Palestine
Bāb as Sāhirah

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32 travelers at this place:

  • Day14

    Western (Wailing) Wall, City of David

    May 20, 2015 in Palestine

    Today we walked back into the Old City via Zion Gate. We went to the Broad Wall (an ancient remnant of the wall around Hezekiah's Jerusalem). Then we made our way through the security checkpoint to the Western Wall (Wailing Wall). From there we made our way down to the City of David and the incredible Hezekiah's Tunnel.

    In Florence, over a decade ago, I begrudgingly paid the fee to walk into the museum that housed Michelangelo's David. As I viewed the statue from my low perch below, I was overwhelmed at the sight of it. On that day, I was not expecting to be moved. Today as I walked toward the Wailing Wall, that same feeling came flooding back over me. My throat tightened and tears started to well up in the corner of my eyes as I neared the wall. I struggled to find a small spot between worshipers and tuck my hastily written prayer into any available crack.

    The Wailing Wall is part of the retaining wall that held up the foundation for the second temple. It is the last remaining portion of the structure and is currently the closest thing that the Jews have to their ancient temple which housed the very presence of God. For this reason it is a place that is so important to Jewish worship. There is a sign leading up to the place where the Temple used to be (now where the Dome of the Rock is located) that says that no Jew should enter the place above because they may inadvertently enter the Holy of Holies and be struck dead.

    Standing at the Wailing Wall today, I laid my hands on the smooth stone, worn by millions of hands and lips that have rubbed the roughness away. I allowed the profundity of the moment to sink in and found my way to Hebrews 10:11-14 and the words leapt off the page into my heart.

    "And every priest stands daily at his service, offering repeatedly the same sacrifices, which can never take away sins. But when Christ had offered for all time a single sacrifice for sins, he sat down at the right hand of God, waiting from that time until his enemies should be made a footstool for his feet. For by a single offering he has perfected for all time those who are being sanctified."

    I prayed for the people around me who were rocking back and forth and crying, and as I backed away from the wall, they continued to offer their powerless sacrifices.
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  • Day18

    Israel

    October 24, 2017 in Palestine

    Today we left the beautiful northern region of Israel & headed south to Jerusalem! A journey that took approximately 2 hours because we stopped along the way, to lay a wreath in honor of the fallen, just outside of Jericho.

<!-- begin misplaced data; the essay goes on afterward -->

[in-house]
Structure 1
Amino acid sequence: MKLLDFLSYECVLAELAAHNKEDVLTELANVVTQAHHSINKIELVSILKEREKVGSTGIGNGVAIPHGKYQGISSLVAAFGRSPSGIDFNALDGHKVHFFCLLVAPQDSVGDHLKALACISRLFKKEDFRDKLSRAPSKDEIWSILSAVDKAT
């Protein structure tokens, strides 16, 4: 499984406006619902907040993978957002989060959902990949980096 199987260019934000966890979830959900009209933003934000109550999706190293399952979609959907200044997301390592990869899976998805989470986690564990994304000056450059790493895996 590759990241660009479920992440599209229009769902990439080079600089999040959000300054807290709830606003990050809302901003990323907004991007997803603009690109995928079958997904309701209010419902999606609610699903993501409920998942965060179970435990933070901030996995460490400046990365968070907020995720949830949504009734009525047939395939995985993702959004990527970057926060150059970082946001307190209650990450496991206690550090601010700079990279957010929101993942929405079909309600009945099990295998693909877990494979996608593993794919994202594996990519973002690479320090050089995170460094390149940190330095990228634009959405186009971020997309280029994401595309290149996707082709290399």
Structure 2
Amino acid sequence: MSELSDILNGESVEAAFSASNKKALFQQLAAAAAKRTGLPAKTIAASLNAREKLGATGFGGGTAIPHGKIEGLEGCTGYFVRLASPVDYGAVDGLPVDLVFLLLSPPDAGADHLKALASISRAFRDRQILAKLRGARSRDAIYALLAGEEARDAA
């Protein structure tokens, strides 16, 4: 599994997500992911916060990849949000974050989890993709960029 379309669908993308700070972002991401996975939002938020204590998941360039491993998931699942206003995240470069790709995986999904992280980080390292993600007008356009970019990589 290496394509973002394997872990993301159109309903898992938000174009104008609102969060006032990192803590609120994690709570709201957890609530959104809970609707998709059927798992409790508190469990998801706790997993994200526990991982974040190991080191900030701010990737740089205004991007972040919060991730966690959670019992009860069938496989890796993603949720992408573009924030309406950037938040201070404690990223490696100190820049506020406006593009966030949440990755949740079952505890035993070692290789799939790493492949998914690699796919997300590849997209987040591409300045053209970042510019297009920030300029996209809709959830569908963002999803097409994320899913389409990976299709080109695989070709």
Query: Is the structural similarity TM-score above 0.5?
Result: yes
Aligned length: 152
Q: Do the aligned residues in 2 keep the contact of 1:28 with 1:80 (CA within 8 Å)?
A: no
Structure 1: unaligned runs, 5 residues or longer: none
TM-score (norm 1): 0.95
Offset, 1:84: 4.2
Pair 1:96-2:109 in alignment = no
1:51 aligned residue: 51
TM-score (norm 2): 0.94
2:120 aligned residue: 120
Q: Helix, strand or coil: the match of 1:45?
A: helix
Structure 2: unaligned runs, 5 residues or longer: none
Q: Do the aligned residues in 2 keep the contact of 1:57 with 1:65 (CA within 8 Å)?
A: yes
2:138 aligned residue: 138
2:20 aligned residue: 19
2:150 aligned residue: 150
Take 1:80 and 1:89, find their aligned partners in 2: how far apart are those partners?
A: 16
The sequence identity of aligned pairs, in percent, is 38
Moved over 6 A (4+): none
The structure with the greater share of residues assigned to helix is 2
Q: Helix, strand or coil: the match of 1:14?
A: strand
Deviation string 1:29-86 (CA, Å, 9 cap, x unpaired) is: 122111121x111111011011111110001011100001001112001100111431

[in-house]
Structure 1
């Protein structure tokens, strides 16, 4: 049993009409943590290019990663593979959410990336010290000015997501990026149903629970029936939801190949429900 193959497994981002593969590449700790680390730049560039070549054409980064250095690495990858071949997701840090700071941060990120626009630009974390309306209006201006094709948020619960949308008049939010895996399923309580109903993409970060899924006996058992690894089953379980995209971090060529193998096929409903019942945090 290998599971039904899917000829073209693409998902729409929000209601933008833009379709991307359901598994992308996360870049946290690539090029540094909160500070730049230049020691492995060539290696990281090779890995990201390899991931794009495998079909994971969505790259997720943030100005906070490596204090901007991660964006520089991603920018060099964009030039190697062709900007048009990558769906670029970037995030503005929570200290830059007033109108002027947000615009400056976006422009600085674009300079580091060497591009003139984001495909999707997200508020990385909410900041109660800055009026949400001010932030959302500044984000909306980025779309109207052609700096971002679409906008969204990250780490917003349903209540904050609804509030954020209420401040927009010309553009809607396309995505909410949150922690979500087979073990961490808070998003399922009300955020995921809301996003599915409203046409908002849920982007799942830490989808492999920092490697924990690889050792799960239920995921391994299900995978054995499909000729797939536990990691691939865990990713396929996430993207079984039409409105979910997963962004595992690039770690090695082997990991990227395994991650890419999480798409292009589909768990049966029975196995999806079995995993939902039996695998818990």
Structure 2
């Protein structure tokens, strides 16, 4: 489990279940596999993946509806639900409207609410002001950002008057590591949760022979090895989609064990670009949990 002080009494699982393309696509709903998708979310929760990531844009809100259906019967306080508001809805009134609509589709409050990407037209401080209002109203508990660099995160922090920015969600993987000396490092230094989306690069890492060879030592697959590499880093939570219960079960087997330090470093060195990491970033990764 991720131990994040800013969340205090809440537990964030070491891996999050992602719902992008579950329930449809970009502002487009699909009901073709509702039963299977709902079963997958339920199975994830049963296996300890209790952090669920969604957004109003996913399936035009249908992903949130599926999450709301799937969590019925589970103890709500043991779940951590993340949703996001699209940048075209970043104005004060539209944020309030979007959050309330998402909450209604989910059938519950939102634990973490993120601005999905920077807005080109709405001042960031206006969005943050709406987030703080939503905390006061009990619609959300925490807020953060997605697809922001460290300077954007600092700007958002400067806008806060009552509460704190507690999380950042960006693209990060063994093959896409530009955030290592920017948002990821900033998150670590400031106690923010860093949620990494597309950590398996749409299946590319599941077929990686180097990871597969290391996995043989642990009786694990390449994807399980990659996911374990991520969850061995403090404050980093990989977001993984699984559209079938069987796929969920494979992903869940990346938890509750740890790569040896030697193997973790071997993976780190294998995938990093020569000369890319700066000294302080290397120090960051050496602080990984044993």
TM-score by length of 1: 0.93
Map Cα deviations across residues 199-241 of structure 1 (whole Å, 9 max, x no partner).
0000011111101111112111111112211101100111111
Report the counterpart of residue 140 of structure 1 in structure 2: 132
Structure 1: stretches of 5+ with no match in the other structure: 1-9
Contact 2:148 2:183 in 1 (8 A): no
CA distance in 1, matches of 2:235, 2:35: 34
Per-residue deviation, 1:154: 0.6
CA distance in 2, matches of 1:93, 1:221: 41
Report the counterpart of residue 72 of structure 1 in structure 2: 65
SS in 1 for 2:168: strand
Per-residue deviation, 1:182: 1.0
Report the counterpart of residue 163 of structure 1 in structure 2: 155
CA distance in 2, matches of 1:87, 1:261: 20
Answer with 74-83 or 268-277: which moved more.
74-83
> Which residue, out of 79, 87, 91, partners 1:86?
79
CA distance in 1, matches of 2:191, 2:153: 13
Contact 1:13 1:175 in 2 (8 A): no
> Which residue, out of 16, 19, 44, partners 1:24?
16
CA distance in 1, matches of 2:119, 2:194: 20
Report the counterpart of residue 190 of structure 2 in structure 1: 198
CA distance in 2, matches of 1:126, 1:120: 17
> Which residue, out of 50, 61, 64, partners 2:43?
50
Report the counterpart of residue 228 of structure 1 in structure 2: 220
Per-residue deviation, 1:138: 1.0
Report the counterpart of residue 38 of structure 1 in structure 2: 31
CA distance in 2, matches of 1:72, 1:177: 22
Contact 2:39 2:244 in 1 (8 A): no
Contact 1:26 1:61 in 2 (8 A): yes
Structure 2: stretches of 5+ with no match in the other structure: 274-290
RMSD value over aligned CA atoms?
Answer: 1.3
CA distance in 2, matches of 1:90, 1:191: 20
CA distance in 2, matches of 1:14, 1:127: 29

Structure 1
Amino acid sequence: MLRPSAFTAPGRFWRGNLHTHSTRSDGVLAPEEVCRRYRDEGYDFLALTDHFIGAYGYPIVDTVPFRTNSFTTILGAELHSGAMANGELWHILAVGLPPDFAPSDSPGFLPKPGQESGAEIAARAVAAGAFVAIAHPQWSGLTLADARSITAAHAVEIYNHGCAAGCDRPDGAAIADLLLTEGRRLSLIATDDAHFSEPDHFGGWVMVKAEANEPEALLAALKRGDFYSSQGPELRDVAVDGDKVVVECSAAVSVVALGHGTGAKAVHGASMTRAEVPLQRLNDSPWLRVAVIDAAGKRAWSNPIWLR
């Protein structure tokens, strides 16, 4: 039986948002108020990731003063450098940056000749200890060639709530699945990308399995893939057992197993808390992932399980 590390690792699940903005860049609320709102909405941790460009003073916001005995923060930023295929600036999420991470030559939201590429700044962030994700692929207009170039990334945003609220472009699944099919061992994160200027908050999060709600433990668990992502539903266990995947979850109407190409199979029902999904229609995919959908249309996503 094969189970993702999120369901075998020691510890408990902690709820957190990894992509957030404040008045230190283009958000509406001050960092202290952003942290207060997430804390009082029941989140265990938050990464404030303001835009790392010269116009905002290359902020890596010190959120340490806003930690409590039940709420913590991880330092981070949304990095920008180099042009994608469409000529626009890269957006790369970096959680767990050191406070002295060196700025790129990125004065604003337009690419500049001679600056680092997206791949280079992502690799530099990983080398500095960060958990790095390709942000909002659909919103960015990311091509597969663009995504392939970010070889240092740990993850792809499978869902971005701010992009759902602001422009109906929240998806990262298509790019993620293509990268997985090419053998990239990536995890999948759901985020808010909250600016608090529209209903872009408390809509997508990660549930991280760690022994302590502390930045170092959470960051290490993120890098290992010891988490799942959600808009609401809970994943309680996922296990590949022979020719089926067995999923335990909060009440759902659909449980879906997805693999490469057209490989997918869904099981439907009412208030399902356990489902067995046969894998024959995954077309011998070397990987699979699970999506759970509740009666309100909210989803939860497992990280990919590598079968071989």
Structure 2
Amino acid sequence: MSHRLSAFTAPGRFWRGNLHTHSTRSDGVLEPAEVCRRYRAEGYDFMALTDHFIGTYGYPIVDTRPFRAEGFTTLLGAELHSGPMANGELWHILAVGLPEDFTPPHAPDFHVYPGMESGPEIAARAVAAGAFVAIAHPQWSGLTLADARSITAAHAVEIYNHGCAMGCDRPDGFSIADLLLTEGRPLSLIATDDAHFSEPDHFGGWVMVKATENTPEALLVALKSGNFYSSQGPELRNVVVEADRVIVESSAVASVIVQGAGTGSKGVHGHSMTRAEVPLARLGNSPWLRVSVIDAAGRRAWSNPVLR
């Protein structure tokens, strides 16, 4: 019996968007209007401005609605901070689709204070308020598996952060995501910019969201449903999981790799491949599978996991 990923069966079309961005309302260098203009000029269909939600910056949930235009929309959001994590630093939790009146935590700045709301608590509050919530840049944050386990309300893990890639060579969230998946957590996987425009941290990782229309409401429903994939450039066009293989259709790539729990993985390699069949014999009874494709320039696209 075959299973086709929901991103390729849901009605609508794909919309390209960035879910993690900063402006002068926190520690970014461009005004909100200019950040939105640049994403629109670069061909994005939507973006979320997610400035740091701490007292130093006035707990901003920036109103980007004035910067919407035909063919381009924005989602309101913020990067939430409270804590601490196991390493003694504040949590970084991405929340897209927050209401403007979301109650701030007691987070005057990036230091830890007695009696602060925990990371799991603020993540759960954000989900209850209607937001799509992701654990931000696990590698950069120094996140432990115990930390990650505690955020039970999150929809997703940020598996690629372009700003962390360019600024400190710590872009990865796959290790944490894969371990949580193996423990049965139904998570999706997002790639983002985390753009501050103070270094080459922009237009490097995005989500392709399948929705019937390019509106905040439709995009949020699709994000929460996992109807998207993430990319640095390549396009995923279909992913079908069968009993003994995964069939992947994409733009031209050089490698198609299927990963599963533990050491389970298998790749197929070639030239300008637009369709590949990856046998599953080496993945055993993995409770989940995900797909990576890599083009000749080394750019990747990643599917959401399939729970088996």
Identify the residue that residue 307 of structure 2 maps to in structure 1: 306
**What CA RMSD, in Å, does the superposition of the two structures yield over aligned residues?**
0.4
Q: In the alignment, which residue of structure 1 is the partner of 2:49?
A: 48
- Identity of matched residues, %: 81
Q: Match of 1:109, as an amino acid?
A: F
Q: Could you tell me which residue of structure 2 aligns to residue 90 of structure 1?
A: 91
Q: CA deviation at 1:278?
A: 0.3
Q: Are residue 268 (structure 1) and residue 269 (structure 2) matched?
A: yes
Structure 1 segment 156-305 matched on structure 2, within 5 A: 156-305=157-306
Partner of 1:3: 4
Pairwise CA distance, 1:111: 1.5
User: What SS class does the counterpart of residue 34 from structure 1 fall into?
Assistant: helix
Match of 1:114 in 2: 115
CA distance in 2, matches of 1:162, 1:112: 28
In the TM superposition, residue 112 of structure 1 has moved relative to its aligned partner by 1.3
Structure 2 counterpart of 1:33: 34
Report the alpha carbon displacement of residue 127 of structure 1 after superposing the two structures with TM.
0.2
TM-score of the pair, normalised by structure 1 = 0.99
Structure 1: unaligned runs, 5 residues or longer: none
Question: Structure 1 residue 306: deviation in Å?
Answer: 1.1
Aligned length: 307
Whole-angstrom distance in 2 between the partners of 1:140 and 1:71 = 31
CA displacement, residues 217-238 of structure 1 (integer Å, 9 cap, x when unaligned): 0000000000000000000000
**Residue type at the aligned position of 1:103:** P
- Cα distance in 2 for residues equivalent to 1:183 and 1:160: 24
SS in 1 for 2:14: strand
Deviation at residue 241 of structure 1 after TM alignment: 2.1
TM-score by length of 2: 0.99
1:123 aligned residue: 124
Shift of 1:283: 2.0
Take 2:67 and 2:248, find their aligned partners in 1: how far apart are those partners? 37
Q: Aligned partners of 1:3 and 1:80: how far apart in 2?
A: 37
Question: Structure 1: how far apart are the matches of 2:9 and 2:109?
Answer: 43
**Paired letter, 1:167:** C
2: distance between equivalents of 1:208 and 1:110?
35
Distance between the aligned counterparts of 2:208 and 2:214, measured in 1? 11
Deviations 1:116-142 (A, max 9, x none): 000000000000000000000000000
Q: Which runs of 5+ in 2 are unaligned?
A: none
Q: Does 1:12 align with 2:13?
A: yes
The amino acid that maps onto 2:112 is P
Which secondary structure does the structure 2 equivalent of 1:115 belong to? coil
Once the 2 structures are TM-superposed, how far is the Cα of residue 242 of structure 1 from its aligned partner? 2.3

It was an interesting view from our window along the way, as the border with Jordan was visible in many places, just on the edge of the road. We saw many warning signs of landmines beyond the barbed wire fence 🤤! Unfortunately, we had to bypass the city of Jericho altogether, as it is a Palestinian controlled territory & our guide, Zel, being Jewish, would have had to have sought special permission to show us around. The history of fighting, wars & land control is fascinating & far more complex than we realised. Zel filled us in as best he could; his maps made it alot easier to understand, as we could visually see how frequently the borders have shifted in the past 100 years.
    Our first stop in Jerusalem was the beautiful Mount of Olives, with its incredible views over the city. A few photos were taken here before we were back on the bus & winding our way down to the Old City - a 0.9sq km walled area within the modern city of Jerusalem.
    We pulled up near the famed Southern Steps & headed in via the Dung Gate. Our first stop was the famous Western/Wailing Wall, where we all spent some time reflecting - it was pretty awesome to be right there in the midst of it all. Next, we wove our way through the ancient streets & alley ways, taking in the history of bygone eras at every twist & turn. In amongst the maze that it is, we ended up at the Christian Quarter where we steadily made our way through the throngs of people shopping in the marketplace. At the top of an alley we arrived out into the plaza containing the Tower of David. The history at every turn was incredible. We enjoyed a beautiful lunch at Christ Church, a refreshing oasis hidden behind tall gates - the break was a welcome relief in order to absorb the massive amount of history we has just absorbed in walking the 500m or so.